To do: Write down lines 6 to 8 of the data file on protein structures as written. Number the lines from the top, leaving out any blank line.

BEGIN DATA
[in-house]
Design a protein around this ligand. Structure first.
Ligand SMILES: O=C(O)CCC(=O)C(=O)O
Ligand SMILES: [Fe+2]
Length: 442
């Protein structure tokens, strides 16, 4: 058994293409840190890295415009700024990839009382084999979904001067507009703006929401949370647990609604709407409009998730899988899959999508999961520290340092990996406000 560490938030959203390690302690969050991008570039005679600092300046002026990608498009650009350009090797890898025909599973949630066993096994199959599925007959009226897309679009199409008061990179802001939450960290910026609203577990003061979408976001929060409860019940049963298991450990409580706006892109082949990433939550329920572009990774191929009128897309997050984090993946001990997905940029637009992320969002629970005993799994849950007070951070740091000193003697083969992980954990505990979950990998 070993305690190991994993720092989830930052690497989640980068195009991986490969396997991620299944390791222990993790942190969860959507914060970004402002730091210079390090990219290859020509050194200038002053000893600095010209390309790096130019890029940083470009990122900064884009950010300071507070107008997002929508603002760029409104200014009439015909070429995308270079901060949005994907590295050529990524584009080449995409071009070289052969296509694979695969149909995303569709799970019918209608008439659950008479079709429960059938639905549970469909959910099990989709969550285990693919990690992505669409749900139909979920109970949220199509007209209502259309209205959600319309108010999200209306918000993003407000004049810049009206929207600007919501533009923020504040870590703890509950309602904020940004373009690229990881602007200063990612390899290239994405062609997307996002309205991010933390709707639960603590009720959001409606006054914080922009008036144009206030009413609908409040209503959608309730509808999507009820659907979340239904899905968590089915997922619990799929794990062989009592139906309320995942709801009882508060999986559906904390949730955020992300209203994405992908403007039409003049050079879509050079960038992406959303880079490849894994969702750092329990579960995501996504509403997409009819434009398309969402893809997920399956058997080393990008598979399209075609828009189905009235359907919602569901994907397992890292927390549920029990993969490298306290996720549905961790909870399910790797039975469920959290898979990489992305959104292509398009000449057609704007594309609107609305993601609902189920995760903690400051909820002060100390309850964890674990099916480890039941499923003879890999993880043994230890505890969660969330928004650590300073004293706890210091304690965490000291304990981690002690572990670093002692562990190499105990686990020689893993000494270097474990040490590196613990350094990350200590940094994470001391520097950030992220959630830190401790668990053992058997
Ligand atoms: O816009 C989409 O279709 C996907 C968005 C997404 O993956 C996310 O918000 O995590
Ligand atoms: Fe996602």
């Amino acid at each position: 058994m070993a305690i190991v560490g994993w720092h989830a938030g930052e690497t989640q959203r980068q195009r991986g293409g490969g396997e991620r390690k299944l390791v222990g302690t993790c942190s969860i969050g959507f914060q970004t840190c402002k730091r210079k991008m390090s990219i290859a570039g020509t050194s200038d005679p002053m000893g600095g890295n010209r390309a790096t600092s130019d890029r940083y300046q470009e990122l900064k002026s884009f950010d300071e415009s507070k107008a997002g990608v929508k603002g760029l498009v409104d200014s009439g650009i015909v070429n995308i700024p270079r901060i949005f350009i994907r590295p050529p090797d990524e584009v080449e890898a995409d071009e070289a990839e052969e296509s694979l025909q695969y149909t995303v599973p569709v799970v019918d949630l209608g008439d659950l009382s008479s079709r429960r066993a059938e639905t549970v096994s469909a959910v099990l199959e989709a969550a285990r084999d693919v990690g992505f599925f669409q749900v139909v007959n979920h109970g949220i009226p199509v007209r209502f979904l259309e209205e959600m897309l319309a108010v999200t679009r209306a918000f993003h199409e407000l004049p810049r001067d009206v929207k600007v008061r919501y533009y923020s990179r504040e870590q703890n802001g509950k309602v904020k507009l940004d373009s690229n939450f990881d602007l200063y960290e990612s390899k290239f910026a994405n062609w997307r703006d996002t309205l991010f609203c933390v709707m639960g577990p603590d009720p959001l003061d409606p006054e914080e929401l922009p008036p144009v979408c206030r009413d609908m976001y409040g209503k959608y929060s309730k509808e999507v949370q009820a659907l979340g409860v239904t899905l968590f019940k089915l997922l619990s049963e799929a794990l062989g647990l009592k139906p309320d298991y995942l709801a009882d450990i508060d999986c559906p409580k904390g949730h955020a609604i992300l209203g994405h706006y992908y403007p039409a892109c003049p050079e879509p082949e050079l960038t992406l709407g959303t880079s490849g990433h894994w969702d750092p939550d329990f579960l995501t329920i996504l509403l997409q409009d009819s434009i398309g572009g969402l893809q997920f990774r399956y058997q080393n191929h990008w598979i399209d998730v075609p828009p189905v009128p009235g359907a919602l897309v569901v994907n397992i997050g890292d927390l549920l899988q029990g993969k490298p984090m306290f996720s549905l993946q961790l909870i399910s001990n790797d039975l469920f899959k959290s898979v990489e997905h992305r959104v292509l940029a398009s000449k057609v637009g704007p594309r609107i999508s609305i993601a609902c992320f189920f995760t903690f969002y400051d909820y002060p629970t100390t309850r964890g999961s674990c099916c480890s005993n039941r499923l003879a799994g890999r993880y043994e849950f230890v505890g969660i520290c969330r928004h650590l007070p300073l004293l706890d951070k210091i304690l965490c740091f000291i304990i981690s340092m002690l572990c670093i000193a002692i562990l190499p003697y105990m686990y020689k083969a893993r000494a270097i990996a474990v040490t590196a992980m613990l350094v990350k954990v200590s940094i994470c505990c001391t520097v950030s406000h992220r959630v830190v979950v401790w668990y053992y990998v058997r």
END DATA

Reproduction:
């Protein structure tokens, strides 16, 4: 058994293409840190890295415009700024990839009382084999979904001067507009703006929401949370647990609604709407409009998730899988899959999508999961520290340092990996406000 560490938030959203390690302690969050991008570039005679600092300046002026990608498009650009350009090797890898025909599973949630066993096994199959599925007959009226897309679009199409008061990179802001939450960290910026609203577990003061979408976001929060409860019940049963298991450990409580706006892109082949990433939550329920572009990774191929009128897309997050984090993946001990997905940029637009992320969002629970005993799994849950007070951070740091000193003697083969992980954990505990979950990998 070993305690190991994993720092989830930052690497989640980068195009991986490969396997991620299944390791222990993790942190969860959507914060970004402002730091210079390090990219290859020509050194200038002053000893600095010209390309790096130019890029940083470009990122900064884009950010300071507070107008997002929508603002760029409104200014009439015909070429995308270079901060949005994907590295050529990524584009080449995409071009070289052969296509694979695969149909995303569709799970019918209608008439659950008479079709429960059938639905549970469909959910099990989709969550285990693919990690992505669409749900139909979920109970949220199509007209209502259309209205959600319309108010999200209306918000993003407000004049810049009206929207600007919501533009923020504040870590703890509950309602904020940004373009690229990881602007200063990612390899290239994405062609997307996002309205991010933390709707639960603590009720959001409606006054914080922009008036144009206030009413609908409040209503959608309730509808999507009820659907979340239904899905968590089915997922619990799929794990062989009592139906309320995942709801009882508060999986559906904390949730955020992300209203994405992908403007039409003049050079879509050079960038992406959303880079490849894994969702750092329990579960995501996504509403997409009819434009398309969402893809997920399956058997080393990008598979399209075609828009189905009235359907919602569901994907397992890292927390549920029990993969490298306290996720549905961790909870399910790797039975469920959290898979990489992305959104292509398009000449057609704007594309609107609305993601609902189920995760903690400051909820002060100390309850964890674990099916480890039941499923003879890999993880043994230890505890969660969330928004650590300073004293706890210091304690965490000291304990981690002690572990670093002692562990190499105990686990020689893993000494270097474990040490590196613990350094990350200590940094994470001391520097950030992220959630830190401790668990053992058997
Ligand atoms: O816009 C989409 O279709 C996907 C968005 C997404 O993956 C996310 O918000 O995590
Ligand atoms: Fe996602």